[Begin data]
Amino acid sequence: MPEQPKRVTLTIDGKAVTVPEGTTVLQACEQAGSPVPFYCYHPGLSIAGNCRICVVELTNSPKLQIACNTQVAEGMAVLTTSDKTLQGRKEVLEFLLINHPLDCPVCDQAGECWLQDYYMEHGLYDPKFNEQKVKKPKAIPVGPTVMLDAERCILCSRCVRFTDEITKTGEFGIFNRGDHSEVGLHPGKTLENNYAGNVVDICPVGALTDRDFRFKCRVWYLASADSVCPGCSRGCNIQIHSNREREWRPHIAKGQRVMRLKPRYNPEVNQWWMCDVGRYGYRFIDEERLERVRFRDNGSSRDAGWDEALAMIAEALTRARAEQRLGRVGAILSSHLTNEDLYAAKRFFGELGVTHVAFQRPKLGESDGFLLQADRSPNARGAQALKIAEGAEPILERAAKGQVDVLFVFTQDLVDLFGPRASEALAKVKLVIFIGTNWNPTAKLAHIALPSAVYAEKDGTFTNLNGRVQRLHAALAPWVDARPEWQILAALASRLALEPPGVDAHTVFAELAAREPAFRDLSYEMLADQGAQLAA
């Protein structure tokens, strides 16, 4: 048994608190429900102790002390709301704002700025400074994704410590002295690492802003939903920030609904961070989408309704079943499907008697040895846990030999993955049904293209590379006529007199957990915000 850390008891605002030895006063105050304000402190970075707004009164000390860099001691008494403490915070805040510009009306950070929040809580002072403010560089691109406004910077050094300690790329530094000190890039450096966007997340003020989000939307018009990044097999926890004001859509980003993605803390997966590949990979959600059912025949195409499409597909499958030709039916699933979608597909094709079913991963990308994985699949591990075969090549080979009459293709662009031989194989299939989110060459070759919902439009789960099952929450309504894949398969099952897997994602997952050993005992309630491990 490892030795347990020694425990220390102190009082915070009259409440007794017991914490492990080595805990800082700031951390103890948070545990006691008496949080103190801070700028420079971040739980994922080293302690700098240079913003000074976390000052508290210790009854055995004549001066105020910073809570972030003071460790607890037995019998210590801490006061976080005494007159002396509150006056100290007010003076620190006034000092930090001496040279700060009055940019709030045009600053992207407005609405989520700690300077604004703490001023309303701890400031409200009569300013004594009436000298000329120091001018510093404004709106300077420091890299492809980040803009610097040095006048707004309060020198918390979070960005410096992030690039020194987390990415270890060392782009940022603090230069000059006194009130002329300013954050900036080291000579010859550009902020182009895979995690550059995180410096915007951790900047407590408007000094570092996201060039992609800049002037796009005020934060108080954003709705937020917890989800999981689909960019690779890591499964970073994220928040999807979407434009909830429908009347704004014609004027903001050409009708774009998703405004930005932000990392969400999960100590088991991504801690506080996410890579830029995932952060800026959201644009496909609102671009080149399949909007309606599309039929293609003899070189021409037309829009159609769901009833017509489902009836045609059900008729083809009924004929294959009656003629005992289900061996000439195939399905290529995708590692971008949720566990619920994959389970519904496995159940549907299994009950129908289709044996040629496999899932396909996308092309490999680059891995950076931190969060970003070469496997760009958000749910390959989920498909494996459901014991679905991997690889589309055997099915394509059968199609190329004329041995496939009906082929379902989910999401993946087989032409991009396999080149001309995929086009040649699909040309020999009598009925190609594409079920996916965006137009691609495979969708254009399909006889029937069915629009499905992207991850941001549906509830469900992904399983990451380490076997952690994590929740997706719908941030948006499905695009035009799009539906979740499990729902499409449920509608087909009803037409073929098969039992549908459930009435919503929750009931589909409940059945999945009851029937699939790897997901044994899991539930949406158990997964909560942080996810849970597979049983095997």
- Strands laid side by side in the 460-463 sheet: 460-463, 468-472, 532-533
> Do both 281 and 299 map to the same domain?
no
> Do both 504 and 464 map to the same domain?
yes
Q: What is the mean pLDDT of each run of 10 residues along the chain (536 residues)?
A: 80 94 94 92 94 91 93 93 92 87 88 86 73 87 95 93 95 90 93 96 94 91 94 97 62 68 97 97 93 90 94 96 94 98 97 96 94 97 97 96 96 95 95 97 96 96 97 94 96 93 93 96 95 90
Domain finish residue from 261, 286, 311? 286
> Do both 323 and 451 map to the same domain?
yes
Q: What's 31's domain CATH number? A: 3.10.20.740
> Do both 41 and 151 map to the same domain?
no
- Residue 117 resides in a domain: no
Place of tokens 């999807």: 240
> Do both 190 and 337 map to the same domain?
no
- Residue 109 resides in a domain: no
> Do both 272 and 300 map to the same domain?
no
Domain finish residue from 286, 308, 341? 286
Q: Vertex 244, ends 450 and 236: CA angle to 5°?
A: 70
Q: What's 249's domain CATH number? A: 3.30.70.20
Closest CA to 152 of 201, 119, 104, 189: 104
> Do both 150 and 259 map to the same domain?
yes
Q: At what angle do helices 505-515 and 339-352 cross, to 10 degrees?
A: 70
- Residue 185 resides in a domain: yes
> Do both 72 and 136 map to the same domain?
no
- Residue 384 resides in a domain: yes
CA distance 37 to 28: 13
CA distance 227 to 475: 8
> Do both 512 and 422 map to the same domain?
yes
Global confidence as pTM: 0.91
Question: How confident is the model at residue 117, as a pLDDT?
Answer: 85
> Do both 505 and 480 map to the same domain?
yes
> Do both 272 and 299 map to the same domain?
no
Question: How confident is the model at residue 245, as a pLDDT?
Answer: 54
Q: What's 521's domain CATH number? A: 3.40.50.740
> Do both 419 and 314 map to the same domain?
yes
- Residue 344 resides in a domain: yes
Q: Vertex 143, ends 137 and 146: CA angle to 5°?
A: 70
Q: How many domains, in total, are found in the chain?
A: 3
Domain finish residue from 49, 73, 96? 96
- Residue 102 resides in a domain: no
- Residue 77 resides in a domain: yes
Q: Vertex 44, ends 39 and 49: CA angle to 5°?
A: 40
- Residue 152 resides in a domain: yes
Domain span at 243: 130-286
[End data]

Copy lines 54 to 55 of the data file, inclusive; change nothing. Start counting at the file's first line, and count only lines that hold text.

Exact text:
A: 70
Q: How many domains, in total, are found in the chain?